A study entitled “Oral and Topical Treatment of Painful Diabetic Polyneuropathy: Practice Guideline Update Summary” was published on December 29, 2021, in the journal Neurology®. The Foundation for Peripheral Neuropathy (FPN) is pleased to announce that Lindsay Colbert, Executive Director, was among the few esteemed authors on the subcommittee for this important review and update.
From January 2008 through April 2022, a group of medical professionals and Lindsay Colbert, a patient advocacy representative and Executive Director from FPN, systematically searched the literature using a structured review process to classify the evidence and develop practice recommendations using the American Academy of Neurology 2017 Clinical Practice Guideline Process Manual.
This study produced new results and guidelines that clinicians are encouraged to use while assessing and treating patients with painful diabetic neuropathies, including the preferred medications to be used and which drugs (opioids) should be avoided to treat painful symptoms stemming from neuropathy.
The results of the subcommittee’s findings and additional references can be found below.
The goal of this review was to update the 2011 American Academy of Neurology (AAN) guideline on the treatment of painful diabetic neuropathy (PDN) with a focus on topical and oral medications and medical class effects.
It was discovered during this review that gabapentinoids, serotonin-norepinephrine reuptake inhibitors (SNRI), sodium channel blockers, and SNRI/opioid dual mechanism agents all have comparable effect sizes just above or just below the cutoff for a medium effect size. Tricyclic antidepressants (TCA) have a large effect size, but this result is tempered by a low confidence in the estimate.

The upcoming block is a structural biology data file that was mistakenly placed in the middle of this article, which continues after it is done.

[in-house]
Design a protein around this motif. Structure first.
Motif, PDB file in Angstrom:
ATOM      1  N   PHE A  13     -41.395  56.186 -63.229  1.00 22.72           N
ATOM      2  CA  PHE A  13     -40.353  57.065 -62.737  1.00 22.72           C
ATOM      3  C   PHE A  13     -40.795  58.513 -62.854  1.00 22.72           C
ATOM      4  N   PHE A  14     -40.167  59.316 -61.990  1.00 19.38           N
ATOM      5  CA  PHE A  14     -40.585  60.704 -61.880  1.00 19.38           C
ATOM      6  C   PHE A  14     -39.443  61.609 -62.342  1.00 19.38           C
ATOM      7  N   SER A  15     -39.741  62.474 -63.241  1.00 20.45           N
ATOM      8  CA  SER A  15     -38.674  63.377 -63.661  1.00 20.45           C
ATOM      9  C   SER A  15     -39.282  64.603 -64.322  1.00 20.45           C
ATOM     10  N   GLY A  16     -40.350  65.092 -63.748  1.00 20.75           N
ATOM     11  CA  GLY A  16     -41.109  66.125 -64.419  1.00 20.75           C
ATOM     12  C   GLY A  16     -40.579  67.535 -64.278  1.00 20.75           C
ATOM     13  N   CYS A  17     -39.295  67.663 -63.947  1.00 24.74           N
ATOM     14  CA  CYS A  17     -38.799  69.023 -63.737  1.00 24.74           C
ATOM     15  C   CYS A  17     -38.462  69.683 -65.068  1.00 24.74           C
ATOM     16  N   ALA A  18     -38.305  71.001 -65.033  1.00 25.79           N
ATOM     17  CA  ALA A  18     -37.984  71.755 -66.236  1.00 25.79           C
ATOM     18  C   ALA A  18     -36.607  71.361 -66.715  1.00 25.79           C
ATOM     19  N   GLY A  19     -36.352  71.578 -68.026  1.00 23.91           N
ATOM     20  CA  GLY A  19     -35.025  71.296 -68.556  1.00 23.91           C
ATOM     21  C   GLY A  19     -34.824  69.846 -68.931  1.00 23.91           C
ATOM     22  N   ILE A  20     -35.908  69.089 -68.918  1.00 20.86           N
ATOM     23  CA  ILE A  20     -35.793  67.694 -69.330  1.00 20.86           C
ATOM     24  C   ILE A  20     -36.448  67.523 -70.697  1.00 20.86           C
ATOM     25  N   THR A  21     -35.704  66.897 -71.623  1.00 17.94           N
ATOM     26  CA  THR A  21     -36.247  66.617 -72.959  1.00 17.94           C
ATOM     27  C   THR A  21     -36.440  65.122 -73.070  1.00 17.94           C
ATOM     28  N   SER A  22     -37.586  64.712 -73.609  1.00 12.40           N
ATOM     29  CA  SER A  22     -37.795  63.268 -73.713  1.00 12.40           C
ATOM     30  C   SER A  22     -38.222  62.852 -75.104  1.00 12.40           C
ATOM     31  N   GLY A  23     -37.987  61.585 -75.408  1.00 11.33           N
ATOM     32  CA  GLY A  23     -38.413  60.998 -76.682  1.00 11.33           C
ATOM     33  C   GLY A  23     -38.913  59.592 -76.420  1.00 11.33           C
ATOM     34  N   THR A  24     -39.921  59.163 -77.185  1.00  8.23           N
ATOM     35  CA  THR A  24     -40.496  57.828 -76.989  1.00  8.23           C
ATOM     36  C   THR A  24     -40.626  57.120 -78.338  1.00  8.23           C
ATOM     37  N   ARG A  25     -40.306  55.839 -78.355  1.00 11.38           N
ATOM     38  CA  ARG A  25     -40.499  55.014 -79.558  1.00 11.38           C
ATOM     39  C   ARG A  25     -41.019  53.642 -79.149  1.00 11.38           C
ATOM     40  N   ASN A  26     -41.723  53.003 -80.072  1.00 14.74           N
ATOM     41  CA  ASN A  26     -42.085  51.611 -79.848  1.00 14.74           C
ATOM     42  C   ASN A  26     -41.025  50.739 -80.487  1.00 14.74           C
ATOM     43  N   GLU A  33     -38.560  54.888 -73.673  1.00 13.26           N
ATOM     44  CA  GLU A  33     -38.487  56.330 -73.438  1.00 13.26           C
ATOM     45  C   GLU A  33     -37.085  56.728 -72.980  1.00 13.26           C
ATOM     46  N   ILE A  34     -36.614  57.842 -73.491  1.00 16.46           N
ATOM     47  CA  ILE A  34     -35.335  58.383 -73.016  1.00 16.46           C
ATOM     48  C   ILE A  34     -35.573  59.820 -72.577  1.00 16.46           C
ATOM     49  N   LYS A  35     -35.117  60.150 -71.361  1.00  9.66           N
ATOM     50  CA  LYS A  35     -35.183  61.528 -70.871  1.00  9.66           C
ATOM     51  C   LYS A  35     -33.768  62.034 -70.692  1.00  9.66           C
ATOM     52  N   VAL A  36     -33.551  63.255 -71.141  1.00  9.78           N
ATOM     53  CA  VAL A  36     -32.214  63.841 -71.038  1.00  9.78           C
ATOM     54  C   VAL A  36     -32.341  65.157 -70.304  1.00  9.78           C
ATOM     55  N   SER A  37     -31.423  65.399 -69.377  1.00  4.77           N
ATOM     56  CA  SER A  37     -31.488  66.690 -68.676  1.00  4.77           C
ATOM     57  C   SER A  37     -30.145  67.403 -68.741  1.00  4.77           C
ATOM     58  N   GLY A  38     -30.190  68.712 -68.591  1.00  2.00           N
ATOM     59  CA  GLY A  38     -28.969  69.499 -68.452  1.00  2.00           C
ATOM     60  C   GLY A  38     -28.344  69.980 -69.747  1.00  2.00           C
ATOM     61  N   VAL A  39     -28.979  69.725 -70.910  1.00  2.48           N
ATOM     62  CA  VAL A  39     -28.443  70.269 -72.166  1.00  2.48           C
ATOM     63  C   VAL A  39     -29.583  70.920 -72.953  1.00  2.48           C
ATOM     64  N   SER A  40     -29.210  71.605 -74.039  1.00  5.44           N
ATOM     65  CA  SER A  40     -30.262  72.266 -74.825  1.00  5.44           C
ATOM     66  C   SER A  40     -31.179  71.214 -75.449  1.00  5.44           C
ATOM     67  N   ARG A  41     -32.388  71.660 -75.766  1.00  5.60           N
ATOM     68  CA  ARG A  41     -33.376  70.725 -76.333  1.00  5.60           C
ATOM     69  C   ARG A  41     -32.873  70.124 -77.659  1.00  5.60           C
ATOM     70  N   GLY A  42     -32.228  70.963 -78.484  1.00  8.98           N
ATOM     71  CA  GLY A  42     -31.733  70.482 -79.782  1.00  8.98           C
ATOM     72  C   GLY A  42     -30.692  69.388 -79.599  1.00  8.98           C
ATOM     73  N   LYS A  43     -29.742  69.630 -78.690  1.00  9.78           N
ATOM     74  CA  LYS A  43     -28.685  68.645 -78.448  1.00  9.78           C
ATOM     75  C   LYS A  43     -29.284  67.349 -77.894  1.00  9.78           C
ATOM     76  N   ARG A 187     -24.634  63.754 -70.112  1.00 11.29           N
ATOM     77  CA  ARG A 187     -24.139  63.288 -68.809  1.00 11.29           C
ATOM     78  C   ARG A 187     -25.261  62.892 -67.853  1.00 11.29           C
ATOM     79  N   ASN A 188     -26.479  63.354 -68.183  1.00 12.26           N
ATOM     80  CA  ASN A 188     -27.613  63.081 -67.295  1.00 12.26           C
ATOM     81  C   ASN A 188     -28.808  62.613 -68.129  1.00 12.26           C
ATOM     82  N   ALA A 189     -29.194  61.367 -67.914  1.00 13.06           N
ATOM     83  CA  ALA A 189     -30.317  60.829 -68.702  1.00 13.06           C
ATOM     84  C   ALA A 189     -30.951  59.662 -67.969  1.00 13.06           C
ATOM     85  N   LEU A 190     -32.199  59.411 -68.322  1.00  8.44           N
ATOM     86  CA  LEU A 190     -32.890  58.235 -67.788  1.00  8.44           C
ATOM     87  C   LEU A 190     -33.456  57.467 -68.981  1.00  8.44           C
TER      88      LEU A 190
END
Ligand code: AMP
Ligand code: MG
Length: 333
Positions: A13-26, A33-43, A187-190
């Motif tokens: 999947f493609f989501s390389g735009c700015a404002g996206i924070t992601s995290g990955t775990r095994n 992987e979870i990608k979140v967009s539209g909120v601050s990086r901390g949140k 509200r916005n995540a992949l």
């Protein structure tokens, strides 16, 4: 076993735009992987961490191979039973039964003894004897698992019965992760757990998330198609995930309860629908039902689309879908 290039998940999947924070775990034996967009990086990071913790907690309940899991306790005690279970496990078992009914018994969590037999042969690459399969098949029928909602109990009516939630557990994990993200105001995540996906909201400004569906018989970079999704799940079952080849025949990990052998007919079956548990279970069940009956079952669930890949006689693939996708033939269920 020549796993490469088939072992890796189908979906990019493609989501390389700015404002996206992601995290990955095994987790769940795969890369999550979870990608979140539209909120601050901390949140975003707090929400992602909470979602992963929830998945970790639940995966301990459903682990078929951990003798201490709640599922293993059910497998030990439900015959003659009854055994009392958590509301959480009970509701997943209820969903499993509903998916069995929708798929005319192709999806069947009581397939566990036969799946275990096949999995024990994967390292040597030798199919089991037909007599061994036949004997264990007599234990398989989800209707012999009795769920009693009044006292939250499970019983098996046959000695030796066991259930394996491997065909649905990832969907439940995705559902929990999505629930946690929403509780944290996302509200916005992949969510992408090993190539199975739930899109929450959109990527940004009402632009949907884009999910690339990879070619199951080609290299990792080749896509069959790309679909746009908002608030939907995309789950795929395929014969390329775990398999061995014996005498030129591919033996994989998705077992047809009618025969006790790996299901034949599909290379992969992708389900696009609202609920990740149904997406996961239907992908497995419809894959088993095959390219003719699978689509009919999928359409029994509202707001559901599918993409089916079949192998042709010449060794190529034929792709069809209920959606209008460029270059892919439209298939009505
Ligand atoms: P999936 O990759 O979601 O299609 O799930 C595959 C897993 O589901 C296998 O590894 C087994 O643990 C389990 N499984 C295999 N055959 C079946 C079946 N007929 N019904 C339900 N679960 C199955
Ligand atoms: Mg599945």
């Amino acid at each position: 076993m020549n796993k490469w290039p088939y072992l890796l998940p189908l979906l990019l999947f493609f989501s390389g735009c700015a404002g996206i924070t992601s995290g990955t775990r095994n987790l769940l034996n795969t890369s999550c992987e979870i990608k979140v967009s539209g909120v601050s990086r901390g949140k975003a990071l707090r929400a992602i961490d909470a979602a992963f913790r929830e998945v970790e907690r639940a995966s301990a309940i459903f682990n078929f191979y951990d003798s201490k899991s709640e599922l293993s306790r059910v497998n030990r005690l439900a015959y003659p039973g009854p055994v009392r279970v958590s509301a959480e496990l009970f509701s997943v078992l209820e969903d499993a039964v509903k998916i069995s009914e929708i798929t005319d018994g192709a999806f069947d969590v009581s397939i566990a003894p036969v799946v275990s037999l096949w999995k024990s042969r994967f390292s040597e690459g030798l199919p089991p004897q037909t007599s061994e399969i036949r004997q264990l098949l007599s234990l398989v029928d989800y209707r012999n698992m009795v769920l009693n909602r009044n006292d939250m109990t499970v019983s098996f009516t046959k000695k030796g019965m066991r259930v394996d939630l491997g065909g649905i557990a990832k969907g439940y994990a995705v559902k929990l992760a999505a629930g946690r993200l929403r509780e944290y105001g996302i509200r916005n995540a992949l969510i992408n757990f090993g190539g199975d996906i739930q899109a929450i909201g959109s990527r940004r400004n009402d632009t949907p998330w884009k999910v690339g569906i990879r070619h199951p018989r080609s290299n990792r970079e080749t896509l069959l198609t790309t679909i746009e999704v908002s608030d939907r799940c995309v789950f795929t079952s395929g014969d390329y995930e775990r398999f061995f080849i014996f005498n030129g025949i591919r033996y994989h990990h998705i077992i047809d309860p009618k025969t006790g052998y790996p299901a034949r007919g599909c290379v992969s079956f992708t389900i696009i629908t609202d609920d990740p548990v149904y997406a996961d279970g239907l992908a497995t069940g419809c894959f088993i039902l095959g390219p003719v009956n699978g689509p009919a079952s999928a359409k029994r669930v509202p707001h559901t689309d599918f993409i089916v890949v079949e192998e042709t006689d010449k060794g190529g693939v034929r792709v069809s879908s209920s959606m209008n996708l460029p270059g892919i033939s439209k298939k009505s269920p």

Based on this study, it is recommended that clinicians should assess patients with diabetes for Peripheral Diabetic Neuropathy (PDN) and those with PDN for concurrent mood and sleep disorders. In patients with PDN, clinicians should offer TCAs, SNRIs, gabapentinoids, and/or sodium channel blockers to reduce pain and consider factors other than efficacy. Clinicians should offer patients a trial of medication from a different effective class when they do not achieve meaningful improvement or experience significant adverse effects with the initial therapeutic class and not use opioids for the treatment of PDN.
For further reading about this study, please visit the AAN Publications website. Or specifically read on about the following results:
- Avoidance of opioid medications for patients with painful diabetic neuropathy
- Pain assessment and follow-up for patients with diabetic neuropathy (paired measures)
- Reduction of pain for patients with polyneuropathy
FPN Thanks the AAN
On behalf of FPN, we thank the AAN for taking this important study on and including our Executive Director in the review, to advocate on behalf of PN patients. We thank the esteemed medical professionals who co-authored this helpful publication.